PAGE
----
For years overshadowed by North Sarasota, sleepy little South County is waking up with a roar. Bulldozers, construction workers and brand-new gated communities cover a swath from S.R. 681 in Nokomis south to Toledo Blade and I-75, just outside the southern North Port city limits. More than 33,000 new residential units are already planned for the decades ahead, bringing an estimated 54,000 newcomers by 2030 and sparking new businesses of every sort. “It’s a place where people want to be,” says Venice Mayor John Holic. “It’s no longer a secret.”
Here’s a look at some of the major projects that will transform the region in the coming years.
A new city is rising south of Venice, one that will alter South County just as Lakewood Ranch has transformed Manatee County east of I-75 since it was announced 20 years ago. Called the West Villages, the community has a Venice zip code but became part of North Port more than a decade ago when North Port annexed the former Taylor Ranch. The annexed community is separated from North Port’s former northern border by about nine rural miles. But that separation will disappear as the West Villages develops.
Canadian-based Mattamy Homes, North America’s largest privately owned homebuilder, saw the potential to build a city in a growing retirement area and bought thousands of acres for the West Villages several years ago. The company looked at legendary planner John Nolen’s blueprint for downtown Venice, and New Urbanist communities, such as Celebration, for inspiration.
“It’s 9,800 acres within a mile and a half from the beach,” says Marty Black, the West Villages’ general manager (and Venice’s former city manager), who helped Mattamy find the property. “There aren’t many parcels left like that.”
Mattamy will build 23,000 residential units and 3 million square feet of commercial development over the next three decades. The West Villages is a community development district, which can tax residents to build infrastructure. It has a governing body and functions much like its own city. But it’s not just the sheer number of homes that will change North Port. The mammoth development also is aimed at a more affluent market.
“It will be its own brand,” says Ruth Buchanan, North Port’s economic development director. “It’s got a different demographic of mostly younger, more affluent retirees than North Port proper.” North Port has a median age of 40 and a large population of blue-collar workers and middle-income retirees.
So far, 1,000 houses have been built, along with roads, pipelines and other infrastructure. Buyers are coming from Lakewood Ranch, Sarasota and other Florida coastal communities as well as retiring Midwesterners and people from the Northeast.
Construction begins this fall on the district’s first phase of commercial development, a 68,000-square-foot New Urban town square, anchored by a grocery store whose name Mattamy has yet to reveal.
“We are building a destination downtown with streetside parking,” Black says. “It’ll be like four blocks of downtown Venice, with restaurants on the water [a manmade lake], a hotel and retail shops.”
It could also have a major baseball team. Local officials are negotiating with the Atlanta Braves to build a spring training stadium in the West Villages. The proposed campus would have training facilities, practice fields and a 7,500-seat stadium on a 100- to 150-acre site, with direct access to U.S. 41 and West Villages Parkway.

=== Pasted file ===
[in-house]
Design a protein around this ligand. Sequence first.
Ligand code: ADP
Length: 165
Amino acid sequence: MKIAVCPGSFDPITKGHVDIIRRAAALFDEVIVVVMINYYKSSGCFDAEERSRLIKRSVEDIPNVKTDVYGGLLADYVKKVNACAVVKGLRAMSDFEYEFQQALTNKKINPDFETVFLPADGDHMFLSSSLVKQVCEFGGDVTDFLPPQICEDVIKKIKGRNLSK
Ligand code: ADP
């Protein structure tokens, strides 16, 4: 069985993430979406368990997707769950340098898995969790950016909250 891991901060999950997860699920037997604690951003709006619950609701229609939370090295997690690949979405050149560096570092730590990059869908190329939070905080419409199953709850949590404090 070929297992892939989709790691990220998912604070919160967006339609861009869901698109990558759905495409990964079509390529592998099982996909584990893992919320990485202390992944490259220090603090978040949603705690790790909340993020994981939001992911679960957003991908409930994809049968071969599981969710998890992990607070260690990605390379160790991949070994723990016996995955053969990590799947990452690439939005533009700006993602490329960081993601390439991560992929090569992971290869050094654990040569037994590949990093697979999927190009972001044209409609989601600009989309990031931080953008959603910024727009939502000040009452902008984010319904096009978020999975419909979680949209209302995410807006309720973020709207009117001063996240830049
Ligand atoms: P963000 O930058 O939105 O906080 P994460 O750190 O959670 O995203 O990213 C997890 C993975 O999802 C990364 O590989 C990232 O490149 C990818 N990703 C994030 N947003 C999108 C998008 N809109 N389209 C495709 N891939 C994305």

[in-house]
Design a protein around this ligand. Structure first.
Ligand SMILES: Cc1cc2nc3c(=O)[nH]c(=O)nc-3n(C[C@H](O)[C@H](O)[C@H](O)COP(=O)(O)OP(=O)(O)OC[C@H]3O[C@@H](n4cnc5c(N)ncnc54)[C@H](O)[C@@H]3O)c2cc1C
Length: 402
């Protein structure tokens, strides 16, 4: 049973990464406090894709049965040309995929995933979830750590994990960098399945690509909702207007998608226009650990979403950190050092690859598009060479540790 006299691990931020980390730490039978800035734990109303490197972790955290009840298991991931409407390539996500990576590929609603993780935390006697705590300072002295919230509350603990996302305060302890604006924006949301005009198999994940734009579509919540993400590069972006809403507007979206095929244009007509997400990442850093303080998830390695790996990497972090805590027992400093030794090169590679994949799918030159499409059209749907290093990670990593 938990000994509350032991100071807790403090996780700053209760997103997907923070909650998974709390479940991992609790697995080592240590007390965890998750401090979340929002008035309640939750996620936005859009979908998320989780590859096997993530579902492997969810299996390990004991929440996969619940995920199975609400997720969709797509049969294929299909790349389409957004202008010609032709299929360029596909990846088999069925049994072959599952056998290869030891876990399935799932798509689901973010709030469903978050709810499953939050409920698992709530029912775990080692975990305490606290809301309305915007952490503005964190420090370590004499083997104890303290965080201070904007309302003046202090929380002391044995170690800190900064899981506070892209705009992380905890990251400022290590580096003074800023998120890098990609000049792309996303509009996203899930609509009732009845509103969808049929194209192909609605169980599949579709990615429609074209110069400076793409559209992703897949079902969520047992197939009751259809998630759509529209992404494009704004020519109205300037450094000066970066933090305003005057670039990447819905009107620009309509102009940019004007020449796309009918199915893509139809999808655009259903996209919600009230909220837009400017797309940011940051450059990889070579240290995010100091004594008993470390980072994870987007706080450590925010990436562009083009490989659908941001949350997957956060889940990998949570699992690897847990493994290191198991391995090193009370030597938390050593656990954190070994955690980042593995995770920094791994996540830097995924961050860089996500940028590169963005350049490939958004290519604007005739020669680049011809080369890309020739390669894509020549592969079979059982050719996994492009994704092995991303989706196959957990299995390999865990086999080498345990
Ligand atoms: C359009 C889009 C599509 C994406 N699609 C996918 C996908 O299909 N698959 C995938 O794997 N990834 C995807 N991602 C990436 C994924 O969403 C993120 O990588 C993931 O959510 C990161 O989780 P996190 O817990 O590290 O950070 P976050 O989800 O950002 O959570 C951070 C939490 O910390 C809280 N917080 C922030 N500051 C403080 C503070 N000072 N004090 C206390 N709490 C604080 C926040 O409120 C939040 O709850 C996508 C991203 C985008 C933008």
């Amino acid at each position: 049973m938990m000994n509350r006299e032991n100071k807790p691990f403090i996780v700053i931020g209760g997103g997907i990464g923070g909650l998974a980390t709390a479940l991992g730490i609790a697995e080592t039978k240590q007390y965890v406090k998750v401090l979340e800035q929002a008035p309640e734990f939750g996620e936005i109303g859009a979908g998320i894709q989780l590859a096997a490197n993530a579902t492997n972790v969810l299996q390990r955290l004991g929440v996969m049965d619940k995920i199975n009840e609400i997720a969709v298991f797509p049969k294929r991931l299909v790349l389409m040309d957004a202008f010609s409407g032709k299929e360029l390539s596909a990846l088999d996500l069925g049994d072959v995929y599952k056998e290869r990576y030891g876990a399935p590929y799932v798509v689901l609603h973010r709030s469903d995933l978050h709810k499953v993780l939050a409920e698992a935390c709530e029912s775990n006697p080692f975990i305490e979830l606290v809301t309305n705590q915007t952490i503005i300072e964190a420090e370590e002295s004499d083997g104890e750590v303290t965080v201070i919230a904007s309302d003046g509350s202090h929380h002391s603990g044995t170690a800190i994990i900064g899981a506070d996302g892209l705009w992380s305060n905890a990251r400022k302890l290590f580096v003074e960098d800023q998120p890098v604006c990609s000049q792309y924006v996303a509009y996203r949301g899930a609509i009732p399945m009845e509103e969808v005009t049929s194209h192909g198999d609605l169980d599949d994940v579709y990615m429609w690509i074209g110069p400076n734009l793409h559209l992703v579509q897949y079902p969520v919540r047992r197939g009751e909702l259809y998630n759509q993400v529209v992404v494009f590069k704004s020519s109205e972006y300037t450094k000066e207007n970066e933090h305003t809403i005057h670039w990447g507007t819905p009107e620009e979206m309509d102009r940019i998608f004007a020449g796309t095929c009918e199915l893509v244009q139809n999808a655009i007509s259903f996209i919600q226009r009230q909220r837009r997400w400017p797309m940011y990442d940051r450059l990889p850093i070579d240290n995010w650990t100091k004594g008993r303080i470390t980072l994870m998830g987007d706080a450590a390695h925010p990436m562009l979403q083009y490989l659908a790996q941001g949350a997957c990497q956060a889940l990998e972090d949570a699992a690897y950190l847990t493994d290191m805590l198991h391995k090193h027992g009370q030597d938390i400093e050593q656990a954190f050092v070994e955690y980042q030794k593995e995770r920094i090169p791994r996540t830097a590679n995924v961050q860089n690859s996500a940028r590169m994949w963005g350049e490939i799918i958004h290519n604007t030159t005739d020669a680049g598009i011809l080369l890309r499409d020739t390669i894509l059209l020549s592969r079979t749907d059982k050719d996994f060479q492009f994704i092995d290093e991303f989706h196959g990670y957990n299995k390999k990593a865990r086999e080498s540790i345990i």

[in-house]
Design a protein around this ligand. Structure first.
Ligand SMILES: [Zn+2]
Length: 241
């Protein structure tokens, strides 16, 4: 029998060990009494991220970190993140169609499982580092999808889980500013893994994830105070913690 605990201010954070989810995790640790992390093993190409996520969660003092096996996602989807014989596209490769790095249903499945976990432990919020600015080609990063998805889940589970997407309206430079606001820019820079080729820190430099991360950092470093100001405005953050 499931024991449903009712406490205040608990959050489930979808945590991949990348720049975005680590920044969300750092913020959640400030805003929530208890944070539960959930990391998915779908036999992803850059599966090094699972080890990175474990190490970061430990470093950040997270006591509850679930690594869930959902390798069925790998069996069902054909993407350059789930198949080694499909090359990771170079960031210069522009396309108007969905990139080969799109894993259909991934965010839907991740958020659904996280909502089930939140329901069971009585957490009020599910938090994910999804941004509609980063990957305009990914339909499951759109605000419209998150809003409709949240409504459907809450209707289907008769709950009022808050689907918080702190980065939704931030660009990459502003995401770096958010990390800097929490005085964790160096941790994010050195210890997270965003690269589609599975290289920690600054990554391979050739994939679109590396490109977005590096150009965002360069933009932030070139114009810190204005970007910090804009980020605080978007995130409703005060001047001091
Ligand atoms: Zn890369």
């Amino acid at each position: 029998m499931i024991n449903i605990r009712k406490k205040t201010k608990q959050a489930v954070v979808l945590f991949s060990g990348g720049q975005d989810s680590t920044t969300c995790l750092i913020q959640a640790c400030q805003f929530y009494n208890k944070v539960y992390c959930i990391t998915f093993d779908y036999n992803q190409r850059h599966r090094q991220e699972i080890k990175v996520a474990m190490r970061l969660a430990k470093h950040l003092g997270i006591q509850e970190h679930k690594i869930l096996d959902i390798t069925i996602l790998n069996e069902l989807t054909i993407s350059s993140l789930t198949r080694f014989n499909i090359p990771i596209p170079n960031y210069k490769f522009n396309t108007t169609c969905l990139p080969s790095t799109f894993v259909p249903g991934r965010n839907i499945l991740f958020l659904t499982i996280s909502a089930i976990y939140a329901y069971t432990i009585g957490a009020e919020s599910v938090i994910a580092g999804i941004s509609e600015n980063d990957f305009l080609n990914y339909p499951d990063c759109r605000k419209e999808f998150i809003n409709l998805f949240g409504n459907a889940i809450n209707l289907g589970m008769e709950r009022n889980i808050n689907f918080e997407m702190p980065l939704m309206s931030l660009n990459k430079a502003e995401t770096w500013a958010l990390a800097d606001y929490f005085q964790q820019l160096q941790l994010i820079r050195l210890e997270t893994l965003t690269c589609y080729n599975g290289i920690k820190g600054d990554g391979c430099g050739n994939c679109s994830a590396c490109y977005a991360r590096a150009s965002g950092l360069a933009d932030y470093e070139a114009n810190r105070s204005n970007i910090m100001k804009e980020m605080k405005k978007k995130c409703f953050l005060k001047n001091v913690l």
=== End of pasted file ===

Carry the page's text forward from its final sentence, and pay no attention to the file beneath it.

Grand Palm, Sarasota National
Other housing developments near the West Villages are springing up, including Neal Communities’ 2,000-home Grand Palm in east Venice. The $80-million community was the first development approved under the county’s 2050 plan, which seeks to create villages on rural land with walkable, compact neighborhoods and a variety of housing. Located on the southwest corner of Center and River roads, Grand Palm has villas and single-family homes, a recreation center, tennis courts, ball fields, picnic pavilions, dog parks and 28 miles of walking and bike trails. About one-third of the 1,003 acres will be undeveloped. Grand Palm, which broke ground in 2012, is targeting OPALs (older people with active lifestyles), who are 80 percent of Grand Palm buyers. About 57 percent of all buyers are from within Florida. Prices start in the low $200,000s for a single-family home. Build-out is expected in 2026.
About six miles to the west of Grand Palm is WCI’s upscale golf course community Sarasota National, which eventually will include 1,584 single-family homes and villas on 2,400 acres. Homes are priced in the $200,000-$600,000 range. A big draw is the setting. The Audubon Society helped plan the community and preserve land, and the golf course is Audubon-certified.
New Hotels and Tra Ponti Villagio
While growth to the south and east of Venice are getting much of the attention, Venice Island—so named because it is separated from the rest of the city by the Intracoastal Waterway—is also adding new developments and hotels.
The last hotel built in the city limits was a Hampton Inn in 1997. Now three sites on Venice Island are being eyed for hotels: the former Circus Arena site, where two developers have pitched proposals; the site of shuttered Pineapple’s Restaurant on U.S. 41 Business near the entrance to downtown; and the current site of the U.S. Post Office downtown.